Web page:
USDA forecasts high farm income following federal payouts
The USDA Economic Research Service recently released its 2019 Farm Sector Income Forecast, which predicts that U.S. net farm income will reach a new high since the last commodity boom in 2013. This income was boosted by $14.5 in federal payments to producers affected by new tariffs and recent natural disasters.
USDA Economic Research Service senior economist Carrie Litkowski spoke with reporters on Nov. 27 to give context to the forecast numbers. She explained that direct payments to producers are expected to increase to $22.4 billion this year, the highest rate paid out since 2005 and a 64% increase over 2018.
Highlights from the forecast:
- Overall, farm cash receipts are forecast to increase $2.2 billion (0.6 percent) to $374.2 billion in 2019. Total animal/animal product receipts are expected to increase $0.3 billion (0.1 percent) and total crop receipts are expected to increase $1.9 billion (1.0 percent) from 2018 levels.
- Direct government farm payments—which include Federal farm program payments paid directly to farmers and ranchers but exclude USDA loans and insurance indemnity payments made by the Federal Crop Insurance Corporation (FCIC)—are forecast to increase $8.8 billion (64.0 percent) to $22.4 billion in 2019, following an additional round of payments from the Market Facilitation Program in 2019.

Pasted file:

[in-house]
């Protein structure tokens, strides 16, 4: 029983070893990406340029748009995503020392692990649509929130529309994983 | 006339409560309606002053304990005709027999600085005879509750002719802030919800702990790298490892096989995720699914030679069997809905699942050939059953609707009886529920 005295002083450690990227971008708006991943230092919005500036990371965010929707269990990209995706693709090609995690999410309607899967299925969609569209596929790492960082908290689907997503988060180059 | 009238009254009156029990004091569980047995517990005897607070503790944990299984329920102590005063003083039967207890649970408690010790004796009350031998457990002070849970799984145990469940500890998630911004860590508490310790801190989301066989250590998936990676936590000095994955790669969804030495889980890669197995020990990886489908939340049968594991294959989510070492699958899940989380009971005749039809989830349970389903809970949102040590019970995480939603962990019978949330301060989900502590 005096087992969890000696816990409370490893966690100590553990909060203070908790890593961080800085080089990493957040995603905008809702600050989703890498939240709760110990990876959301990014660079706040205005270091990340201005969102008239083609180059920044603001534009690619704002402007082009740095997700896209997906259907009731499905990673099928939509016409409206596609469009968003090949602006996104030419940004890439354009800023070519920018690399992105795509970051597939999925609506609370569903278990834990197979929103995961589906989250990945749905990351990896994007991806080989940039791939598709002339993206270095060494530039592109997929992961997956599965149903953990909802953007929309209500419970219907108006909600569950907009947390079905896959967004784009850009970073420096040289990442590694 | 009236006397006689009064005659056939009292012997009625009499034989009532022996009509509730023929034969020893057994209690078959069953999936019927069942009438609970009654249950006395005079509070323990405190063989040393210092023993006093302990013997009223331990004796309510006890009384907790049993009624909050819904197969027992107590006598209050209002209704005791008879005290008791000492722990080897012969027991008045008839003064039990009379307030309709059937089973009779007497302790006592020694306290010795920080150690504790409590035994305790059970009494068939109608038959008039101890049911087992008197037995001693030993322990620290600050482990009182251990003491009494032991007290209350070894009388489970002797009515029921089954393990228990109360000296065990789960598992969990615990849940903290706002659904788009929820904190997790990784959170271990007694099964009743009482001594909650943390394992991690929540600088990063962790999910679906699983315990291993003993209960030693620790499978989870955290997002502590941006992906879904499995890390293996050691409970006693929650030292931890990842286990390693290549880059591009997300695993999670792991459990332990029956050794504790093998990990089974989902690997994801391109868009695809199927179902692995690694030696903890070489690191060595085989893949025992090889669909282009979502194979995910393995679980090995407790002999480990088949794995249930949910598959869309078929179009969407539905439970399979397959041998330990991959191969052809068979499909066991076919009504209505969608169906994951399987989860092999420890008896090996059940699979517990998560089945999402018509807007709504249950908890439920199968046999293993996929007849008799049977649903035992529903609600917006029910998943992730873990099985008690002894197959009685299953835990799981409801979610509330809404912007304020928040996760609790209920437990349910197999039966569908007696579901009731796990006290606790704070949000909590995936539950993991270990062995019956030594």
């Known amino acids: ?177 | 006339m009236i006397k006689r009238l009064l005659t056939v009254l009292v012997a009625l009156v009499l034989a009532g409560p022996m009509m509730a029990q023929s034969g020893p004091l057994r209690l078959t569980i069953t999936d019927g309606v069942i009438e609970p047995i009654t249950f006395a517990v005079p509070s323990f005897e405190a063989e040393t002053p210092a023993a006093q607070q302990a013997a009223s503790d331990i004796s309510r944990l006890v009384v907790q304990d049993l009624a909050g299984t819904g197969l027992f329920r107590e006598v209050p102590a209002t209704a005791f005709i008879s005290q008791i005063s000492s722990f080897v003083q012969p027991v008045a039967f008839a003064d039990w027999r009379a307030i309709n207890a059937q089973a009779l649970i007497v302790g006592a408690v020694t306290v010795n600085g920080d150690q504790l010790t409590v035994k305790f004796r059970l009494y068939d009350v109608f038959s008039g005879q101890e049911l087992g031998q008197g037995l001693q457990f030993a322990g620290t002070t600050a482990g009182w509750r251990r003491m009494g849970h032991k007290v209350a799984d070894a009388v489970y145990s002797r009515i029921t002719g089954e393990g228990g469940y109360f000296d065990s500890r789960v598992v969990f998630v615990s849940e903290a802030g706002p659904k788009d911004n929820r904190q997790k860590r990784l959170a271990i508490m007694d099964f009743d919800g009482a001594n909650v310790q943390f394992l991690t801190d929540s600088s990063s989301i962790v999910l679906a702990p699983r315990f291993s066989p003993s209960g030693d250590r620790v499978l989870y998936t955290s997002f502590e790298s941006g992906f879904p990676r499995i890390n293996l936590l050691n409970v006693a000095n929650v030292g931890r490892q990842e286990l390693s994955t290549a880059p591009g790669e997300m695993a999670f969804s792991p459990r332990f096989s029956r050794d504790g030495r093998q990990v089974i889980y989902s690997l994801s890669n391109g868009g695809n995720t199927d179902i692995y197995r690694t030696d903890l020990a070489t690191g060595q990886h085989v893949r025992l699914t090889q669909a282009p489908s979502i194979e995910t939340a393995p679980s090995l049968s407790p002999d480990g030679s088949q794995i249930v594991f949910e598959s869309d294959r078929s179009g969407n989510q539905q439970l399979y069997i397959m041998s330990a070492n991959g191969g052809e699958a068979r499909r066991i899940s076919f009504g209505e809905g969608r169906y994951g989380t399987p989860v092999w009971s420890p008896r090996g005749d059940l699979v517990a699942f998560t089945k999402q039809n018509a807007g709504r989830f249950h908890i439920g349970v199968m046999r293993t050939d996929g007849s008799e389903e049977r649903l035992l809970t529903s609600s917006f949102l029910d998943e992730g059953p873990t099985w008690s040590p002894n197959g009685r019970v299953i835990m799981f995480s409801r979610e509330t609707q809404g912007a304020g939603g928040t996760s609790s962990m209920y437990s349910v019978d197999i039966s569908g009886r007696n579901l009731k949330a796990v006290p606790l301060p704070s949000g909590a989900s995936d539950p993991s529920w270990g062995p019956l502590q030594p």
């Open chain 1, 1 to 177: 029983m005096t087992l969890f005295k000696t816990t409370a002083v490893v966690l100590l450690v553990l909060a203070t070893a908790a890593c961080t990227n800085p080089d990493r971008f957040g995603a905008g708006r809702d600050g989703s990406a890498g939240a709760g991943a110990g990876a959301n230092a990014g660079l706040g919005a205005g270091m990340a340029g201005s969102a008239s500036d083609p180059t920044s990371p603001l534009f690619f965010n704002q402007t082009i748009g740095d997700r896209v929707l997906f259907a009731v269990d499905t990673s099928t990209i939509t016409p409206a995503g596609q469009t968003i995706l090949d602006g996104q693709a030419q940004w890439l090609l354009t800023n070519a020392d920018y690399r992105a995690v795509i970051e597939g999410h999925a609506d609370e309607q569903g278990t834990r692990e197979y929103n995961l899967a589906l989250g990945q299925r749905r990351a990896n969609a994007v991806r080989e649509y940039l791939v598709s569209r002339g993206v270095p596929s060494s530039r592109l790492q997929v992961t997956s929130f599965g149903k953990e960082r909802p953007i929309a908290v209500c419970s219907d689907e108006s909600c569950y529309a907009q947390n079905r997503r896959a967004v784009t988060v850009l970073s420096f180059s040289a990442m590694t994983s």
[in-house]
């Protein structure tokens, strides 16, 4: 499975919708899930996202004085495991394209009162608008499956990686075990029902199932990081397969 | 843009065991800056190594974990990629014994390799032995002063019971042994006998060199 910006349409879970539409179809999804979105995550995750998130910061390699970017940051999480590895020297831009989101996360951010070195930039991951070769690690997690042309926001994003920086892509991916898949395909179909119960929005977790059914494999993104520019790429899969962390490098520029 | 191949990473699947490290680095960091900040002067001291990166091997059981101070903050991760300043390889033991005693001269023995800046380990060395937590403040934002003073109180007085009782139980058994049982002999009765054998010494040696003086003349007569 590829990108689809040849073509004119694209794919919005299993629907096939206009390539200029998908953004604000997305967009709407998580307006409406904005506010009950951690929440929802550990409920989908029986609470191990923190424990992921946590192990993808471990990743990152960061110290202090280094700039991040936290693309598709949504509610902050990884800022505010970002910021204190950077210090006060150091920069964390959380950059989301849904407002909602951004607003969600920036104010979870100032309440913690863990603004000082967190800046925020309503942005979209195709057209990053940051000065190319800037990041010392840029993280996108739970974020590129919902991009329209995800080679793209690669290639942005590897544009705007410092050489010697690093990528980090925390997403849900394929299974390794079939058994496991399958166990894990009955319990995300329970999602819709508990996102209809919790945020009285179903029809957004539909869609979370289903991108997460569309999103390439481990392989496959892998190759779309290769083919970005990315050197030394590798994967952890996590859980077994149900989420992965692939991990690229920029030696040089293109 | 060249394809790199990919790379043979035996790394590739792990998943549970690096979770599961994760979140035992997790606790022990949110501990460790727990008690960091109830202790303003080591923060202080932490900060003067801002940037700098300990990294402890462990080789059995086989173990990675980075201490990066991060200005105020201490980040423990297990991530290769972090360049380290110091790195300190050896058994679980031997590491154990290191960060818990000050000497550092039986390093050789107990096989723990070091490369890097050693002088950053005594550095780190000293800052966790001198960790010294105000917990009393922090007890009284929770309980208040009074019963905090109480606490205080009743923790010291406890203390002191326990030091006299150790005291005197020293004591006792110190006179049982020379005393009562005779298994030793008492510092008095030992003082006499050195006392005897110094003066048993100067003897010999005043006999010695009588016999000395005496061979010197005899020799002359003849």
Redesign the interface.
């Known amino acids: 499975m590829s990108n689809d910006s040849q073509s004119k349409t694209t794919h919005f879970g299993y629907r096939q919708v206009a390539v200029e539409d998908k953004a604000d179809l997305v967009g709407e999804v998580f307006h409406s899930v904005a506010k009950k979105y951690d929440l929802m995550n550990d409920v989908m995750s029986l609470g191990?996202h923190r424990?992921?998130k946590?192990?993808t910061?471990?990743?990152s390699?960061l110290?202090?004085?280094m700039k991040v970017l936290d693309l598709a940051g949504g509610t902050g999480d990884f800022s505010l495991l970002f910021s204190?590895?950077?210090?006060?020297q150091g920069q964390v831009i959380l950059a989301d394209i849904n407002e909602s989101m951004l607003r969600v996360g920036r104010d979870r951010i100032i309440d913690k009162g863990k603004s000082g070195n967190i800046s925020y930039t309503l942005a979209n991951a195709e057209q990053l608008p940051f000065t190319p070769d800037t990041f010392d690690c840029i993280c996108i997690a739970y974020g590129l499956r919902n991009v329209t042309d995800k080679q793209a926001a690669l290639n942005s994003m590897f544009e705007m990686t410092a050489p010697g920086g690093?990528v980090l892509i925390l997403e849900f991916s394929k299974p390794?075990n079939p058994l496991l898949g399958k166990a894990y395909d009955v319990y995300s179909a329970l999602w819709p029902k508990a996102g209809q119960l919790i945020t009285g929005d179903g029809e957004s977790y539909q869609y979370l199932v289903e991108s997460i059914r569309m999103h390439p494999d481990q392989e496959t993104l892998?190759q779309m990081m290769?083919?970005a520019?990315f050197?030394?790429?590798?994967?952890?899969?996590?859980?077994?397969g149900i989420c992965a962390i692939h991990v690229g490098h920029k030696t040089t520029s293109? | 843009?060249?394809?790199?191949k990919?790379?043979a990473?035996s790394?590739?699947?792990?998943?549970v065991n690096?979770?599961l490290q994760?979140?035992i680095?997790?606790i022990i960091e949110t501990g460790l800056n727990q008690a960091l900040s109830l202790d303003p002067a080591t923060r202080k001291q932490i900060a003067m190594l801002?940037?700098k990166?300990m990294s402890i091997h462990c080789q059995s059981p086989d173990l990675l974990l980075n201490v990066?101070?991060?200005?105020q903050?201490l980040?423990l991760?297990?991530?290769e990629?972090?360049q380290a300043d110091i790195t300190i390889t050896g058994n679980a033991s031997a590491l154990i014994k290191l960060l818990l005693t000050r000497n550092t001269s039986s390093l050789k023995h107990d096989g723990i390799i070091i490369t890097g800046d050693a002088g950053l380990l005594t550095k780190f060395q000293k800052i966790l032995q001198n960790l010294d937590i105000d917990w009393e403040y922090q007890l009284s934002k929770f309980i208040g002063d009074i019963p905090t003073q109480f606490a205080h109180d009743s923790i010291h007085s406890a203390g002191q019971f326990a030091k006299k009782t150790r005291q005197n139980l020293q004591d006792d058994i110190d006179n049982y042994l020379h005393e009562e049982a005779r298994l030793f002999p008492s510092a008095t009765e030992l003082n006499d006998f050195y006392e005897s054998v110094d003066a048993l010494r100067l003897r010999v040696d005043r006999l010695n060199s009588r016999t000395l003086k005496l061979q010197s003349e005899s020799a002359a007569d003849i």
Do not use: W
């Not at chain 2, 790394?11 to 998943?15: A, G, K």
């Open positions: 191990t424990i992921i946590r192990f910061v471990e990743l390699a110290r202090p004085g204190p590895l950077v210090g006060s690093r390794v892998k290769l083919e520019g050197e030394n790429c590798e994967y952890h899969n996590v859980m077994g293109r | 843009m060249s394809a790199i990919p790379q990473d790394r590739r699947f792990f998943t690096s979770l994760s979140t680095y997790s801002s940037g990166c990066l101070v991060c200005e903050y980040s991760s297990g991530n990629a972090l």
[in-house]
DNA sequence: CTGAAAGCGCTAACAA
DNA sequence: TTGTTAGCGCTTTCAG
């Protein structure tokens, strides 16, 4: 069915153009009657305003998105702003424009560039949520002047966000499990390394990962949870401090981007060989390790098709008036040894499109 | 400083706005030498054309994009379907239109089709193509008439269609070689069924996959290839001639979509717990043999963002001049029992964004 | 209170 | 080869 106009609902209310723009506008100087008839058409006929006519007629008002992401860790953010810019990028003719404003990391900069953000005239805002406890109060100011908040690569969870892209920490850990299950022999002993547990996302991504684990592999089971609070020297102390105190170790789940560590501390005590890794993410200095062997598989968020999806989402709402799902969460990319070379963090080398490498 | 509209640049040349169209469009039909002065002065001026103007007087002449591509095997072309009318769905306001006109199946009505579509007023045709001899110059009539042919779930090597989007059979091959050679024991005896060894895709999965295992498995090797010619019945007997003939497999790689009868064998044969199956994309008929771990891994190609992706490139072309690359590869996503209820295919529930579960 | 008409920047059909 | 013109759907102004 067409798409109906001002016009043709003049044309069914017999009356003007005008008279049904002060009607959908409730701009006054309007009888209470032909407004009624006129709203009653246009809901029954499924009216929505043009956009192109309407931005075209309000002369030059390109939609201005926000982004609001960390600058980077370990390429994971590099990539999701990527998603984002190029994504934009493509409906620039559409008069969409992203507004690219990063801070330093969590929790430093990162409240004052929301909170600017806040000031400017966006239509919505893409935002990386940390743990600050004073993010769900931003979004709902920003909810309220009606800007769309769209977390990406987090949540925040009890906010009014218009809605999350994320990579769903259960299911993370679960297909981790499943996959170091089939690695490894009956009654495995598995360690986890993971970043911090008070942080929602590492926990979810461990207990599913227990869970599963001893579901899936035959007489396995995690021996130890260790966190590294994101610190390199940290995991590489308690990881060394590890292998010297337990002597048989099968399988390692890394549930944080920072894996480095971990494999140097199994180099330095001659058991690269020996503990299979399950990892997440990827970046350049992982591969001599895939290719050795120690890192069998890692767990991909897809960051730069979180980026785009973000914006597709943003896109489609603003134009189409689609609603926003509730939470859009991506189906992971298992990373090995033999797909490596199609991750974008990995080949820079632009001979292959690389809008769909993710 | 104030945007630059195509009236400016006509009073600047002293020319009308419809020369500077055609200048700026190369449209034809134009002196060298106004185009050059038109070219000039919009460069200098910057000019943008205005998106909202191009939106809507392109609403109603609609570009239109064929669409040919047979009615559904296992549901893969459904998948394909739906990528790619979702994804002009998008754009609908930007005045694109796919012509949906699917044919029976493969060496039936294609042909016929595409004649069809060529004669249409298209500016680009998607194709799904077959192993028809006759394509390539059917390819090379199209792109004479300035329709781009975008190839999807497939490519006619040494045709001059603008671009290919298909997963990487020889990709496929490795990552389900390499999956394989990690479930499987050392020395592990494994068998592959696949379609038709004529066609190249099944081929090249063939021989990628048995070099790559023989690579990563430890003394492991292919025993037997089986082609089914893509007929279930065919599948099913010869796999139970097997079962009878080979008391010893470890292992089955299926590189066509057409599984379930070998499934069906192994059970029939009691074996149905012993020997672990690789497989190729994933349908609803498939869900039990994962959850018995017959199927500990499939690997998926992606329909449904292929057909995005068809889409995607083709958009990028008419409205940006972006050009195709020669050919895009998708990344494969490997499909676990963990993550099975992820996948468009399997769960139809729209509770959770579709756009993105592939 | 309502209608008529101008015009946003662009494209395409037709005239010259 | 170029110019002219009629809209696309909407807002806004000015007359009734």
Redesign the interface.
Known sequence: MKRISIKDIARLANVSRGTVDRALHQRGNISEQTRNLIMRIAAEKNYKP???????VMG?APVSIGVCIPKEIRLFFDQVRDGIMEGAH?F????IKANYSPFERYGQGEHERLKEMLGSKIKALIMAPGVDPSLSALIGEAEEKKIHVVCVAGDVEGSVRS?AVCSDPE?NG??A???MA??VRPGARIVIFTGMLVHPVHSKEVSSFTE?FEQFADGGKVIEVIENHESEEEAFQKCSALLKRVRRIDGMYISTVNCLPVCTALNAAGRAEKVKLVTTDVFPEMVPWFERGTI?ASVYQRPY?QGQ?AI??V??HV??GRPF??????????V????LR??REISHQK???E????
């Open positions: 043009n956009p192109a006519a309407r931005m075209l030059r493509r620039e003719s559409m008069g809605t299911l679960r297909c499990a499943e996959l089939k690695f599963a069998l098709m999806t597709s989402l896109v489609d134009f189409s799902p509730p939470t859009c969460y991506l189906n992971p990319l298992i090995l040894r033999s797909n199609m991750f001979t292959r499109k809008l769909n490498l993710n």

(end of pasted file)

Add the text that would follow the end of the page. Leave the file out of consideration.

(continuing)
- Total production expenses, including expenses associated with operator dwellings, are forecast to increase $0.7 billion (0.2 percent) in 2019 to $344.6 billion. After adjusting for inflation, total production expenses are forecast to decrease by $5.5 billion (1.6 percent).
- Farm sector equity is expected to increase by 2.2 percent to $2.68 trillion in nominal terms.
- Debt-to-asset levels for the sector are forecast to rise again in 2019, continuing an annual upward trend in place since 2013.
For animal and animal products, USDA forecasts that receipts will be relatively unchanged in 2019: “Total animal/animal product cash receipts are expected to rise $0.3 billion (0.1 percent) to $176.8 billion in 2019 in nominal terms. After adjusting for inflation, however, cash receipts are expected to fall $3.0 billion (1.7 percent). Milk and hogs are expected to lead the sector, offset by lower receipts for poultry/eggs.”